Richard Ramsden graduated MBChB from St Andrews University – many years ago. He fled to London for his ENT training at the Royal National Throat Nose and Ear Hospital and the London Hospital (before it was Royal). He intended to return to Scotland but only got as far as Manchester where he worked as an Otologist, Neuro-otolgist and Skull Base Surgeon for over 30 years at Manchester Royal Infirmary and at Hope Hospital, Salford. He established a joint Neuro-otology team and spent many happy hours removing acoustic neuromas with a series of friendly neurosurgeons. He was involved in the early days of multichannel cochlear implants and established the Manchester programme in 1988. He developed an interest in NF2 and did the first Brainstem Implants in the UK. He was awarded an Honorary Professorship in 1994 and an MBE for services to Otolaryngology from Her Majesty the Queen in 2015. He has contributed many book chapters and around 300 peer reviewed articles, a small minority of which are still worth reading. He is spending his declining years in Oxfordshire and is frequently invited to contribute to the literature on the history of ENT which seems appropriate for one of his veneration. He tries to play more golf but has come to the sad conclusion that if he hasn’t mastered it by now he never will.
Professor Rea is an otologist and neuro-otologist based at University Hospitals of Leicester, UK. He has a busy middle ear surgical practice, particularly for cholesteatoma, and has developed The Leicester Balance Clinic into one of the busiest in the UK handling 7,000 balance appointments per year.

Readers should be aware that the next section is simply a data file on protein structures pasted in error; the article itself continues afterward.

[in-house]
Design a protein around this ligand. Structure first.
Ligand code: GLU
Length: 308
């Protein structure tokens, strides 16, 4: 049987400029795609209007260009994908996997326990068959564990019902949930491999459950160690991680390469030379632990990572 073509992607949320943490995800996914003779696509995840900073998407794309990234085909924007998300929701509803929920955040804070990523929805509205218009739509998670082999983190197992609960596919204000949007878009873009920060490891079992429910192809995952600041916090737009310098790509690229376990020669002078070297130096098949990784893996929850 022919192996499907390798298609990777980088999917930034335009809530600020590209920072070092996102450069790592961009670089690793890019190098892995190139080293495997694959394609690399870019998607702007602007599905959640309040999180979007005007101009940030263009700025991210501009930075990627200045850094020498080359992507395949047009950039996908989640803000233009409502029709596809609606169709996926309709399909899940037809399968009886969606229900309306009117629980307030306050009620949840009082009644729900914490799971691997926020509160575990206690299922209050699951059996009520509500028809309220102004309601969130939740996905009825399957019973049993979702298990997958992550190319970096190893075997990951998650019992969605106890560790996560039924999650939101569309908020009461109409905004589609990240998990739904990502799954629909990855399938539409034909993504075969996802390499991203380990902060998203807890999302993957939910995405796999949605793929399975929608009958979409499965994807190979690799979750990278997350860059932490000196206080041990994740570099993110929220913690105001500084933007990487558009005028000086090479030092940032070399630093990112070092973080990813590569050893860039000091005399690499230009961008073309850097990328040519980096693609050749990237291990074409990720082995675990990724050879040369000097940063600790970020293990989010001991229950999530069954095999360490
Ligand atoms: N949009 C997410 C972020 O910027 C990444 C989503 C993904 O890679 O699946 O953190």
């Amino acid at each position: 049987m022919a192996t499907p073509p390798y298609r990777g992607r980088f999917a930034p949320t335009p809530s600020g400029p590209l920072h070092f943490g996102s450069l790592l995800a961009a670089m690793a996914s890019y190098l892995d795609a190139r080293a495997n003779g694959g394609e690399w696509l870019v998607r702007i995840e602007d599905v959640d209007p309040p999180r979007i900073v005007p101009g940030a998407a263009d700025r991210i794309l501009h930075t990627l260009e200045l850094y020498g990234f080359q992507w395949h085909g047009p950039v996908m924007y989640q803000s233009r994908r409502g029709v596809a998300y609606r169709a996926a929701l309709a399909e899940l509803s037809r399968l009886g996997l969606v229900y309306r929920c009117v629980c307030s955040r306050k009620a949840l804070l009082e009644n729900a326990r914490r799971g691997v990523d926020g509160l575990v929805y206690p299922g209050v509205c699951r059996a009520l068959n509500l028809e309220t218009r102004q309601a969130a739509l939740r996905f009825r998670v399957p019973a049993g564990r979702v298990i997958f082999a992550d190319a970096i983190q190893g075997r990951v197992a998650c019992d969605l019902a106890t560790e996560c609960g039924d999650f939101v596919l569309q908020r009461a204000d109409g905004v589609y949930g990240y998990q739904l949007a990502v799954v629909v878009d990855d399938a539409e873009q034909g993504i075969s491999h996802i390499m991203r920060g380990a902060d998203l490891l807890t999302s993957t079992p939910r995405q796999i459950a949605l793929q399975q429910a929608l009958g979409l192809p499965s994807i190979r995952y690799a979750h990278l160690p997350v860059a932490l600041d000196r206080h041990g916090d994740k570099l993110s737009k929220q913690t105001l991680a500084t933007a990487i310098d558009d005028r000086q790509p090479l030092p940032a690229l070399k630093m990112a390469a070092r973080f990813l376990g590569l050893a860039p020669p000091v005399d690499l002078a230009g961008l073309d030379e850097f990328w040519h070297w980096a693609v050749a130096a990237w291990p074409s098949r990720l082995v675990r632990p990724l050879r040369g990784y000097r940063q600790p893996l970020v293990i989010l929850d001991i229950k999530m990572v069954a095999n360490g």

He is currently President of The British Society of Otology (2020-2022) and has been elected as President of the Royal Society of Medicine, Section of Otology, with his term 2013-2014. Previously he Chaired the British Society of Neuro-otology for 6 years.
Professor Rea is Honorary Professor of Balance Medicine at De Montfort University, and Honorary Professor to the Departments of Neuroscience and Informatics at The University of Leicester.
He is on the faculty of a number of national and international meetings and has organised the popular annual 3-day Leicester Balance Course since 2004. Teaching has played an important part in his career.
He has a busy research programme and is clinical director at Leicester’s balance research laboratory which has a share of a $2,000,000 NIH grant. Current research projects include exploring the central control mechanisms of balance in particular with respect to vestibular migraine and PPPD. He is a core member of the UK’s Meniere’s Disease Registry. Other active research that he will include in his talk at EAONO includes identifying COVID in the middle ear and nasal mucosa of infected patients, virtual consultations for neuro-otology, changing patterns of ENT infections during COVID, and the management of acute mastoiditis in children.
Andrew Forge is Emeritus Professor of Auditory Cell Biology at the UCL Ear Institute. He gained a PhD in Biophysics from the University of Leeds before taking up a post-doctoral research fellowship at the Institute of Laryngology, now UCL Ear Institute. There he began studies of the ultrastructural anatomy and pathology of the inner ear. His research has covered the structural specialisations of the cells of the inner ear and development of high resolution microscopy techniques to study them; the cellular basis of hearing impairment and vestibular (balance) dysfunction and interventions to prevent them; and regeneration of sensory cells in the inner ear. He has over150 publications. He was the lead applicant for the award that funded the building of the Ear Institute.